For those who don’t know, FAQs means ‘frequently asked questions.’ On this page we attempt to answer some common questions which either we are asked, or that people have in their minds. It’s constantly being updated and added to, so please check back from time to time. Of course, if you have any question about scuba diving in general, and specifically this part of the world, please contact us for free and independent advice and information.
Click the questions to jump to the answers.
- I have never dived before and I just want to try it, without committing to a course. Can I?
- Tell me about learning to learn to dive.
- What are the benefits of being an Advanced Open Water Diver?
- What is the ‘Scuba Diver’ certification, and how does it compare with Open Water?
- What is included in the price of a liveaboard cruise / diving safari?
- What is a typical liveaboard cruise itinerary?
- I’m worried about underwater currents.
- What is E-Learning, and its benefits?
- What is the difference between PADI, SSI, and other diving organizations?
- What about hiring equipment, including tanks & weights?
- What are National Park fees?
- How deep can/will I dive, and for how long?
- How many times can I dive per day?
- Can I take my non-diving partner on a day trip or liveaboard cruise?
- How do I get there?
- What if I have to cancel my trip?
- What about diving accident insurance?
- Although I’m a certified diver, I haven’t dived in quite a long time.
- How to pay a deposit to book, and then pay the balance?
- What do I do with my luggage while I’m out diving?
- Can I rent an underwater camera or dive computer to use while I dive?
- Will there be a videographer / photographer on board the dive boat?
- When is the best time of year to dive?
Yes. It’s normal for most scuba divers to start this way, although a few people commit to a course before ever taking an underwater breath from a tank. There are a few names for this kind of ‘try dive’ and they are commonly ‘Discover Scuba Diving’ and ‘Introduction/Introductory Dive’ or just ‘Intro Dive.’
Taking part in an Intro Dive is a safe and fun way to enjoy the experience of scuba diving with very little to learn or worry about. You would be accompanied by a qualified scuba diving instructor, not just a Divemaster guide. He or she will be a trained professional and responsible for your safety the whole time. It’s quite common for you to have the instructor to yourself, or sometimes with one other new diver. For safety reasons, it’s unsuitable for an instructor to be responsible for more than two new divers while underwater. The Intro Dive can last up to one hour, but is normally 30-40 minutes. You will dive down to no more than 12 metres, but generally spend most of your dive at 5-8 metres. You won’t need to worry about the amount of remaining air in your tank, or about how deep you are. Your instructor will manage the whole dive, and just teach you a few simple hand signals and rules before you enter the water. Some people like to take part in just one Intro Dive, while others do two in one day, either from a boat or the beach. Prices vary, put an average of $40-60 per dive is normal.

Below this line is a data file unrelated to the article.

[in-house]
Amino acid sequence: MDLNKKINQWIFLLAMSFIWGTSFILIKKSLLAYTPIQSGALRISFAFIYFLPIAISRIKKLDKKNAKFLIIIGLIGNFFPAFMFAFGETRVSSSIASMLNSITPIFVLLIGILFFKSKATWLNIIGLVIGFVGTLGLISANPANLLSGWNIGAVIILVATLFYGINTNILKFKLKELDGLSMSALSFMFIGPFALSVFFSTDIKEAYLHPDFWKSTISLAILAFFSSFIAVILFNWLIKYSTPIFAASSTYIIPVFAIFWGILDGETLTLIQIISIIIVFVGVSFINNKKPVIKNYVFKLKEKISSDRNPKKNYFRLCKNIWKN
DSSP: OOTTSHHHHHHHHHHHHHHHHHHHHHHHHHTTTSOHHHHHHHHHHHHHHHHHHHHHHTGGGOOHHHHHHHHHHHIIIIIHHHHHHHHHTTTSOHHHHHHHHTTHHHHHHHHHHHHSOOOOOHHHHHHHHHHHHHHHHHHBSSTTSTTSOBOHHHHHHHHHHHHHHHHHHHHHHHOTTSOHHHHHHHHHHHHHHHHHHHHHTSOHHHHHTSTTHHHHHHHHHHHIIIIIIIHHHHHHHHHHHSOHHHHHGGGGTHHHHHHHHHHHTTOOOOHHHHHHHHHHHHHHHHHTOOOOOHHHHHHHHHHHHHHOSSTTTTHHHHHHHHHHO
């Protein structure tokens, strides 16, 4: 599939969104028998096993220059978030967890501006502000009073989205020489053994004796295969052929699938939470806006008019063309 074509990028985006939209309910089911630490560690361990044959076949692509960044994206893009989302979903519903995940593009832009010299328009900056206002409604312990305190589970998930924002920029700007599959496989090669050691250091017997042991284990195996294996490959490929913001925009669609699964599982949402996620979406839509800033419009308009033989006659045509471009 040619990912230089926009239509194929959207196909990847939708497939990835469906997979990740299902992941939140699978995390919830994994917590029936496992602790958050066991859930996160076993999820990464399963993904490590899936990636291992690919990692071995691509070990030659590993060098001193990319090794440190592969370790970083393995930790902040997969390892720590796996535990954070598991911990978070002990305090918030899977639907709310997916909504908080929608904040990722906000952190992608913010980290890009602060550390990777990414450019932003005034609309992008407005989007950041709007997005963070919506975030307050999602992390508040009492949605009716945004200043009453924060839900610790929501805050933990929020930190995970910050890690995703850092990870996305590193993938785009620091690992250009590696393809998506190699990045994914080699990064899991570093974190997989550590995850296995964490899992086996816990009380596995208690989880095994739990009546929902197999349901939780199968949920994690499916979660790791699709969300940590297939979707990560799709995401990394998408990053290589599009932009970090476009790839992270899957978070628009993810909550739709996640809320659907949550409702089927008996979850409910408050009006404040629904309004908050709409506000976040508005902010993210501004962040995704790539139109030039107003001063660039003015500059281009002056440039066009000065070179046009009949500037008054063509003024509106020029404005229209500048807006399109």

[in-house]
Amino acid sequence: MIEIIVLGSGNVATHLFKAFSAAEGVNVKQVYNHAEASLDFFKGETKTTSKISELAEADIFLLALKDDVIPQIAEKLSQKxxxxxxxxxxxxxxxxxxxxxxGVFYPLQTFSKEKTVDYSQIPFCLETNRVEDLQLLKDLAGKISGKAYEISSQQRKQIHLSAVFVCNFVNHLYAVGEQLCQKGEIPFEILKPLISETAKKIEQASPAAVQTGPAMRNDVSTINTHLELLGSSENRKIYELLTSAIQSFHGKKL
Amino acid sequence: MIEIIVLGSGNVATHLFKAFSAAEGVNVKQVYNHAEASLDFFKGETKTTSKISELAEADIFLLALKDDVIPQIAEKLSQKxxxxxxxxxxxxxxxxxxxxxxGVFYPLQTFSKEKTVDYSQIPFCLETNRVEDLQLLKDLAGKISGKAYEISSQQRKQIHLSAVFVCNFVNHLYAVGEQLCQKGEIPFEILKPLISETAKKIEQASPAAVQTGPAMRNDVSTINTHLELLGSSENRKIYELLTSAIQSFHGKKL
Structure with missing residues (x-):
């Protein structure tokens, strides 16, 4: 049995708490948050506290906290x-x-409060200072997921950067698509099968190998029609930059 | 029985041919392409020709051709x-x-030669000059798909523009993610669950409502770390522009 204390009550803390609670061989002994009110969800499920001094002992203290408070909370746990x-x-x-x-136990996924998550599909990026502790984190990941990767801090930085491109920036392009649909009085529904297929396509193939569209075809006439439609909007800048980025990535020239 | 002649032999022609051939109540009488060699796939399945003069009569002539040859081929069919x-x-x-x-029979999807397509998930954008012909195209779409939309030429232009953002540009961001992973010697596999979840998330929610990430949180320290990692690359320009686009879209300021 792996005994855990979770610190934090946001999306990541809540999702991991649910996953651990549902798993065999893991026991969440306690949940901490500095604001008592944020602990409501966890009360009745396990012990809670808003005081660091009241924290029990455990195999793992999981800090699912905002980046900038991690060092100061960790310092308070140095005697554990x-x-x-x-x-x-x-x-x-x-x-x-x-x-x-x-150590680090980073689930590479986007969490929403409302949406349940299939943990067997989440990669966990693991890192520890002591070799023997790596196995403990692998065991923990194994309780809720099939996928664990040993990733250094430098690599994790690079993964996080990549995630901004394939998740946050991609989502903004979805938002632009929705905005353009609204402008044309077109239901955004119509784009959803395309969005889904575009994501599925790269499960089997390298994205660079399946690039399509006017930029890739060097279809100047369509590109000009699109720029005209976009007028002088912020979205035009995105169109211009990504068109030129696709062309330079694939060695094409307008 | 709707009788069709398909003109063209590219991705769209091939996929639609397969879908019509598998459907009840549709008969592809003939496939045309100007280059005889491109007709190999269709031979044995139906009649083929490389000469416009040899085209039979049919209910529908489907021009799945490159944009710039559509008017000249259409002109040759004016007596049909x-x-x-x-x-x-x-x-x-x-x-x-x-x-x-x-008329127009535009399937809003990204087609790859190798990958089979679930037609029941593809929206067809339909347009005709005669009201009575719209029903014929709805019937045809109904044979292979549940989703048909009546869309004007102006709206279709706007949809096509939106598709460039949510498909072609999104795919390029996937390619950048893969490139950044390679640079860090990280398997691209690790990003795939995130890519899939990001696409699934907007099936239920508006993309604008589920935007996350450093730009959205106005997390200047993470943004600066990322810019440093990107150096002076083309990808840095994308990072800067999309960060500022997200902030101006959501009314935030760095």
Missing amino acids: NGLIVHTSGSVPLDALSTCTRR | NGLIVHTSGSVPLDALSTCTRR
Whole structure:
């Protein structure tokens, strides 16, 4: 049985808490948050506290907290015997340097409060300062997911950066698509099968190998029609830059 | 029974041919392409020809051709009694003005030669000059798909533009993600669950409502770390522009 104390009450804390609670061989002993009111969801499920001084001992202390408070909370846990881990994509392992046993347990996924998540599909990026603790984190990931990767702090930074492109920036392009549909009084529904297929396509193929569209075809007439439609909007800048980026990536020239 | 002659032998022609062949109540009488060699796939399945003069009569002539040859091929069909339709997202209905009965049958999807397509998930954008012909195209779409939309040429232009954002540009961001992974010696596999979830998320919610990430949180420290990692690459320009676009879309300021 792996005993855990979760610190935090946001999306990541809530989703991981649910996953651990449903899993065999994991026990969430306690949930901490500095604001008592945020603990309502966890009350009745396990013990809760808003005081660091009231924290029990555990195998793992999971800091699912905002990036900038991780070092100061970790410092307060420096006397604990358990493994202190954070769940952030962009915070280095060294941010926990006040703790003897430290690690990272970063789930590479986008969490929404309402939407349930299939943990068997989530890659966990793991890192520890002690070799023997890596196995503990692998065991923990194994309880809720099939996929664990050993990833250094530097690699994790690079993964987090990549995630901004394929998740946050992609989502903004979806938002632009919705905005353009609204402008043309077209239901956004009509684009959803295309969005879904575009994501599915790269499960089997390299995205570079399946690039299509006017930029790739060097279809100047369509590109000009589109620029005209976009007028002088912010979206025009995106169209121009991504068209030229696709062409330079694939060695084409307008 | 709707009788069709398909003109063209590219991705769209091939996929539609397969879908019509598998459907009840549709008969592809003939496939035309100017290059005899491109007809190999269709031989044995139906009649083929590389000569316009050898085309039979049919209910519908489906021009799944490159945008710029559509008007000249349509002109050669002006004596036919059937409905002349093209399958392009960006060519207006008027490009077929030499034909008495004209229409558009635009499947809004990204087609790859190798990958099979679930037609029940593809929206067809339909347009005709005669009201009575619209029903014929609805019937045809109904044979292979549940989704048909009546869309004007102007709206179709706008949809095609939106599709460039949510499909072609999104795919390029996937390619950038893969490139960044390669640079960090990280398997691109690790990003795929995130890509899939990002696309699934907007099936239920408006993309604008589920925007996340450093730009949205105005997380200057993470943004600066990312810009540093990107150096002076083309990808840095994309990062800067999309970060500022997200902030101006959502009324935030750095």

Some people call it the ‘PADI Licence’ but the correct term is Open Water Diver certification. Also, it’s not only PADI who offer it, but more about that later.
Learning to dive is great fun, doesn’t take too long, and isn’t all that expensive. There’s no ‘best place’ or ‘best way’ because it all depends on each person’s circumstances and needs. The average cost in this part of the world is $400, but this can be considerably less (on board a diving safari) and a little more. Some people like to start and finish the course in one place and time, usually 3-4 days, while others prefer to learn the theory at home before coming to Asia to complete the practical and fun parts.
Becoming an Open Water Diver may be a little daunting at first, but almost everyone feels nervous and soon relaxes, enjoys and learns a lot. The course involves watching a few short videos and learning about the best ways to dive safely, and what to do in certain situations. Nobody needs to be a genius or scientist, or even particularly fit or young. During the first day or two, students learn theory and about the skills, then get in the water to practice and learn a bit more. The first sessions underwater are called ‘confined water’ which is normally in a swimming pool or a shallow and calm beach. The idea of this is to allow students to start breathing underwater but without any dangers or distractions. They can stand up at any time and talk or listen to their instructor. As confidence grows and they can show the ability to perform some very simple tasks, they move into deeper water, but still in the ‘confined’ environment. The water at this stage is generally 2-3 metres deep. Diving at this depth is totally safe, even if the student needs to rush to the surface.